Please consider supporting The Cutting Room Floor on Patreon. Thanks for all your support!

Help:Contents/Finding Content/Memory editing guide

From The Cutting Room Floor
Jump to: navigation, search
Hmmm...
To do:
This page will probably need to be revised by someone but at least it is a start.

Using a memory editor is pretty straight forward. A lot of emulators have them and they can be a useful tool because they allow us to see/modify data in-game.

The Hexadecimal System

First off, the numbering system that every editor uses is hexadecimal, or hex for short. What makes hexadecimal different from the decimal system is that it has a base of 16 instead of a base of 10. In plain English, base means the range of numbers that can occupy a single digit. For example, you know that for the decimal system, any number from 0 through 9 can occupy a single digit. These ten numbers are a part of the base. So we can count

0, 1, 2, 3, 4, 5, 6, 7, 8, 9

Here we run into a slight problem... what happens when we want to count higher than 9? The answer is obvious (I hope). When we go through the whole base of numbers for the system, we increase the digit to the left and set the current digit to zero. So after 9 is 10 then 11 and 12 and so forth. Hexadecimal follows the exact rule except that we have a base of 16, not of 10. So instead of just going from 0 to 9 we need six more numbers to represent a base of 16. This is done by using the letters A through F. So the first 16 numbers in the hexadecimal system are

0, 1, 2, 3, 4, 5, 6, 7, 8, 9, A, B, C, D, E, F

These sixteen numbers are part of the base for hex. So now the question is, what comes after F? Using the rule we used for the decimal system, the next number would be 10. This should be read as One Zero not ten! Writing down 10 in hex is completely different from writing down 10 in decimal! Converting the numbers, 10 in hex is 16 in decimal. It is important to state which number system you are using when you record numbers because the numbers in one system don't necessarily mean the same numbers in the other. If you ever want to see what a hex number is in decimal, you can easily google a hex to decimal converter. A common notation used to express a hex number is 0x(THE HEX NUMBER). So instead of saying 10 in hex, it is more convenient to say 0x10.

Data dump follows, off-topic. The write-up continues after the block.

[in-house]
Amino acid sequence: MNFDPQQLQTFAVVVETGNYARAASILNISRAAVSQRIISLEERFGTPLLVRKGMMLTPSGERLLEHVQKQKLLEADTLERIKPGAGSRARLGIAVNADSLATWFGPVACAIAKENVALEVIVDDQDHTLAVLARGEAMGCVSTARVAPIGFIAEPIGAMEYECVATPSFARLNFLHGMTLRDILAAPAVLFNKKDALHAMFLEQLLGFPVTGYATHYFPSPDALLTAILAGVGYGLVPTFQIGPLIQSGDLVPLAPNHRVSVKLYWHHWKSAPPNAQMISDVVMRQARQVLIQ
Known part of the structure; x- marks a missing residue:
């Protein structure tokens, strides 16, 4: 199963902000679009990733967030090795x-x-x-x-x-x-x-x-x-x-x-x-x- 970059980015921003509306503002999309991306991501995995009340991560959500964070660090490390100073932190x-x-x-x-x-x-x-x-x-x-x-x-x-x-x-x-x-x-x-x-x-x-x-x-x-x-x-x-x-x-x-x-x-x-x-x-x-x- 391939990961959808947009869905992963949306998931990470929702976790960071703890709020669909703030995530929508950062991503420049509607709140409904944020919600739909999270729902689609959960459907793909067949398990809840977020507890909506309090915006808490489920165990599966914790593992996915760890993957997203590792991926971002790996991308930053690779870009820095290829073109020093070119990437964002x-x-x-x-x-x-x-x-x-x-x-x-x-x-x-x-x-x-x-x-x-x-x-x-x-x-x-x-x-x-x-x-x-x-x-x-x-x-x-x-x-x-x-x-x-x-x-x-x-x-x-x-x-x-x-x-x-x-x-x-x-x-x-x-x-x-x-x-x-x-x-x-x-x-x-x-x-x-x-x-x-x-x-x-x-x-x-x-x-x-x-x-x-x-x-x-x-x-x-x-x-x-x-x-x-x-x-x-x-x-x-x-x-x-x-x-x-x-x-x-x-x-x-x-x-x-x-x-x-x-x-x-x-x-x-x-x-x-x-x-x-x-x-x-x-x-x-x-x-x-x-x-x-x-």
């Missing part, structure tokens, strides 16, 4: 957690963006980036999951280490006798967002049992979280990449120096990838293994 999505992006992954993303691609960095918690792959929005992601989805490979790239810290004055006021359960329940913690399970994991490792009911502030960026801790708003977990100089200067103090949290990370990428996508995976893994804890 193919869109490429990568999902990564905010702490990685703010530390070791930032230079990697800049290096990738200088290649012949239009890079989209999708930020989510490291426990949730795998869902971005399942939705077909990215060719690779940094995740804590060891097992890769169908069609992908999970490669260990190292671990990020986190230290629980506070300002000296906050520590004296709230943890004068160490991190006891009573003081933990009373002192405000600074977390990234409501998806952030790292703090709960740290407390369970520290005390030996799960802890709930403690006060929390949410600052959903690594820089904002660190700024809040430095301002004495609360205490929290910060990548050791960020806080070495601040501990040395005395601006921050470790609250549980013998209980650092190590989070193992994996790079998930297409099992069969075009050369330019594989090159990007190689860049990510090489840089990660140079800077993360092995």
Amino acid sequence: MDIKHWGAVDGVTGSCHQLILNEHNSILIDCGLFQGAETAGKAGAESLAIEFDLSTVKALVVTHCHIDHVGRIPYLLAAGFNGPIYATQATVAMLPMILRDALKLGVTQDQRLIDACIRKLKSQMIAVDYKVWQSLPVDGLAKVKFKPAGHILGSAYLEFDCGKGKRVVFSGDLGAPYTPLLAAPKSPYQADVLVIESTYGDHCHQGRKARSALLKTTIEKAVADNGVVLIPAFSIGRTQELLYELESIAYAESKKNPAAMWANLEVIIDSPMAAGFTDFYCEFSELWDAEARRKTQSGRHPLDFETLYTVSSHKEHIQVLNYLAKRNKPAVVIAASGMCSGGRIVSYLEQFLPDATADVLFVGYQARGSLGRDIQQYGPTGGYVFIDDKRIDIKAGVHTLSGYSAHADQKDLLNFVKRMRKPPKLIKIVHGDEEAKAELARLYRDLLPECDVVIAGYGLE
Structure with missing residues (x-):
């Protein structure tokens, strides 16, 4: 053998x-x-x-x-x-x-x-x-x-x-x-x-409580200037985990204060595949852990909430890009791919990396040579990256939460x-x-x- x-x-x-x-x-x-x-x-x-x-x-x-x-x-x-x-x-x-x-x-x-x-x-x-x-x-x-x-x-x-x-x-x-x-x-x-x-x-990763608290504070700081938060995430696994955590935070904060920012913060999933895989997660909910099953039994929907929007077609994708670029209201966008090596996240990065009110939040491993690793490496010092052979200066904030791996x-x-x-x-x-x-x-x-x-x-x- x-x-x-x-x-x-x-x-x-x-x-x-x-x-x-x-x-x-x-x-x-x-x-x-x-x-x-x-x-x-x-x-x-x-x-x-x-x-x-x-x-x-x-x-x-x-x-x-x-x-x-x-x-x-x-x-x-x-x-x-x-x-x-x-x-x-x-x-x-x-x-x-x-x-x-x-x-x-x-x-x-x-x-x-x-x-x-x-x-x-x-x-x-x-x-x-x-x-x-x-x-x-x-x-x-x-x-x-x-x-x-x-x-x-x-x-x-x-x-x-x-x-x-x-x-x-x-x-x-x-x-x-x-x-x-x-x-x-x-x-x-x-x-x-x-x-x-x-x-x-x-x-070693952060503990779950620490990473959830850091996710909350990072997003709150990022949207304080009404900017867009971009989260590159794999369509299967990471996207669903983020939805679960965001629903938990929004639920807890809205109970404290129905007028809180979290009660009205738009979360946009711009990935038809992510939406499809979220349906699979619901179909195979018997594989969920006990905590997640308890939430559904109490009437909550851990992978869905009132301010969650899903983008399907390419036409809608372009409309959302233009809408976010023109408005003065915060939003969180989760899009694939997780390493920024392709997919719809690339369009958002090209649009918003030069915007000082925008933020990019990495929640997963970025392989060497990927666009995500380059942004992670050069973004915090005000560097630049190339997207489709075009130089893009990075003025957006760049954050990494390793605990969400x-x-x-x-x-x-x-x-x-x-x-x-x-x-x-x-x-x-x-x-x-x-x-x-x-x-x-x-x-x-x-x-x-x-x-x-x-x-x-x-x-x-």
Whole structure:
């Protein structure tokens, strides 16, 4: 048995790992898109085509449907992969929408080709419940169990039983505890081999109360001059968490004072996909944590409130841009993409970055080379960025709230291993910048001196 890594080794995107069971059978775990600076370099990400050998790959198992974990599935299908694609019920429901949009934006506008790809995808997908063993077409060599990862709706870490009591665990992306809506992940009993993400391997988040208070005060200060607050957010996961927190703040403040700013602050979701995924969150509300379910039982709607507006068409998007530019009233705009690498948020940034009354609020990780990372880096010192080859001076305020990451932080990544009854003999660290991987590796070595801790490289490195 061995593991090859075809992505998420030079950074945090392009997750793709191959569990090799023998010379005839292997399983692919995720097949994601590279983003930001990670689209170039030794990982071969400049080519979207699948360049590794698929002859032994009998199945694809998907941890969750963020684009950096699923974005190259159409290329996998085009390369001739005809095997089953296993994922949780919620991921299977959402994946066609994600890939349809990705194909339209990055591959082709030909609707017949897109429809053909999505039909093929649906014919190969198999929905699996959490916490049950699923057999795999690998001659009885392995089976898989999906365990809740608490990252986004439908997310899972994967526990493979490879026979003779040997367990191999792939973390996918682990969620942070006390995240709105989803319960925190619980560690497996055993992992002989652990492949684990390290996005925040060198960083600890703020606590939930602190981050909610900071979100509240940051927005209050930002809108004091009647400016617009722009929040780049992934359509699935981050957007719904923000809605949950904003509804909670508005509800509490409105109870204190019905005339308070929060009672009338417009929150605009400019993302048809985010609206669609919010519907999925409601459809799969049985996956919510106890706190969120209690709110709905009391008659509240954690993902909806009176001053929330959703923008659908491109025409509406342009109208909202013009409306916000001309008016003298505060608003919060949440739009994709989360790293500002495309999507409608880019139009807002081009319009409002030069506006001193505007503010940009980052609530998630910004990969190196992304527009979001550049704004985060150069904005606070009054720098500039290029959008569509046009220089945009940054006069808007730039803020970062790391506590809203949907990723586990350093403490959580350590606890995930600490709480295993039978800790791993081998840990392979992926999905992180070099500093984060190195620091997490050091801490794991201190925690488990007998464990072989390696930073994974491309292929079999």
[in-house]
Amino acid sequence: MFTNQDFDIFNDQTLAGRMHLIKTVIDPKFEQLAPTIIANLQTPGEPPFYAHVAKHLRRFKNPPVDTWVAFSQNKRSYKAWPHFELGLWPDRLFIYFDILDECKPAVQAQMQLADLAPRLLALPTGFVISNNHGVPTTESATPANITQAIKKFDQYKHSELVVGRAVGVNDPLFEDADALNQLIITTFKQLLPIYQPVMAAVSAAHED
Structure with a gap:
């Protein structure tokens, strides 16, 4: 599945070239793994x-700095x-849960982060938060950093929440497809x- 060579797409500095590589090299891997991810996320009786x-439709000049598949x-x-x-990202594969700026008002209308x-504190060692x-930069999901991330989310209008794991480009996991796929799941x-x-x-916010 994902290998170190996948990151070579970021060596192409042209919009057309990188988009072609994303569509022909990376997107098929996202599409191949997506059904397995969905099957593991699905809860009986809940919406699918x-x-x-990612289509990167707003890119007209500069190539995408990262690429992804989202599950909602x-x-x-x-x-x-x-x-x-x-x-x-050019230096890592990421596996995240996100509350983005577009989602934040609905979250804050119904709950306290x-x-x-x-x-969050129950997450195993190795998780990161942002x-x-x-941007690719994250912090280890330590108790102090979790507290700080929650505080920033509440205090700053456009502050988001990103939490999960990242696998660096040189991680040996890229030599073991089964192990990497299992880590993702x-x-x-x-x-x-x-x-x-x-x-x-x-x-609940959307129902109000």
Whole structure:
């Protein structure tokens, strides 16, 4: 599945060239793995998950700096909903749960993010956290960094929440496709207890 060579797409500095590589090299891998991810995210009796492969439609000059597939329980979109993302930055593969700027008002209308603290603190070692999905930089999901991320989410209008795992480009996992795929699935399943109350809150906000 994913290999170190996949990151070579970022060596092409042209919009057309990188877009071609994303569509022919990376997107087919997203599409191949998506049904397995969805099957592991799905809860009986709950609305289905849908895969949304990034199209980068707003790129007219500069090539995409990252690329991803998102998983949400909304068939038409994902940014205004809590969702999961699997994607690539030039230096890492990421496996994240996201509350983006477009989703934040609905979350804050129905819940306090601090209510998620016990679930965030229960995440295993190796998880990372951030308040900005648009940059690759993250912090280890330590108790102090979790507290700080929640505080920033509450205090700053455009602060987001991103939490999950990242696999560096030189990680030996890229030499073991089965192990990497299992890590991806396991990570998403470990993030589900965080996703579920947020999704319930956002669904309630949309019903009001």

Like the decimal number system, you can use hex to perform math although doing something like this is almost never required for memory editing. It is only represented here to give a better feel for the hex system.

7 + 9 = 10, E - 3 = B, A * B = 6E, 14 / A = 2

You might be wondering why hex is used instead of the decimal system. Why bother having to learn a new numbering system to edit memory? The reason is because it allows for an easier representation of data.

How Memory Editors Look

The picture below is how most memory editors look. You can see that in the memory editor, there is a table divided into three separate columns. The left column is the address column. You can see that every row that follows the previous increases by 0x10(16 in decimal) . The middle column is where the actual data is being stored and where you can make edits. As you can see, there are 16 pairs of zeros per row. Each pair of zeros(it doesn’t have to be zeros but in this case it is) is one byte worth of data. A particular byte in a row is defined by how far it is from the first pair in hex. So the first byte is a row is byte zero. The sixth byte is byte five. The last byte is byte F. It is important to note that not all memory editors will display the middle column in this fashion. Some might cram all the bytes and leave no spaces. Regardless, a byte of data is still two digits no matter how the middle is set up. The right column is the ASCII conversion of the middle table. This can be useful for finding text/strings in memory but you don’t usually edit memory from this column.

A Basic Memory Editor.png

Putting It All Together

It is very typical that memory addresses of interest are expressed in hex. This site is has many pages that give specific addresses that can have their bytes altered in order to find unused content. For example, if you look at the Oracle of Seasons page, it describes how to edit your item inventory to find unused items by going to address 0xC682 and changing the value. To locate this address in the memory viewer, you would search the left column for 0xC680. Once that row is reached, you would count over by 2 bytes starting from the 0th byte. Editing memory is usually straight forward. In involves clicking what byte you want to edit and then typing whatever (hex) number you want it changed to. The difficult part is trying to find out what bytes to change and what to change them to in order to find unused content. Changing bytes at random doesn’t guarantee anything. You might get lucky and stumble onto something unused. However, more often than not, either nothing will happen or you will just crash the game. A more effective way to find possible unused content is to play the game and notice some patterns within the memory viewer. This is how unused items were discovered in Oracle of Seasons. This was done by switching items constantly and seeing where in the memory data was being changed while items were being switched.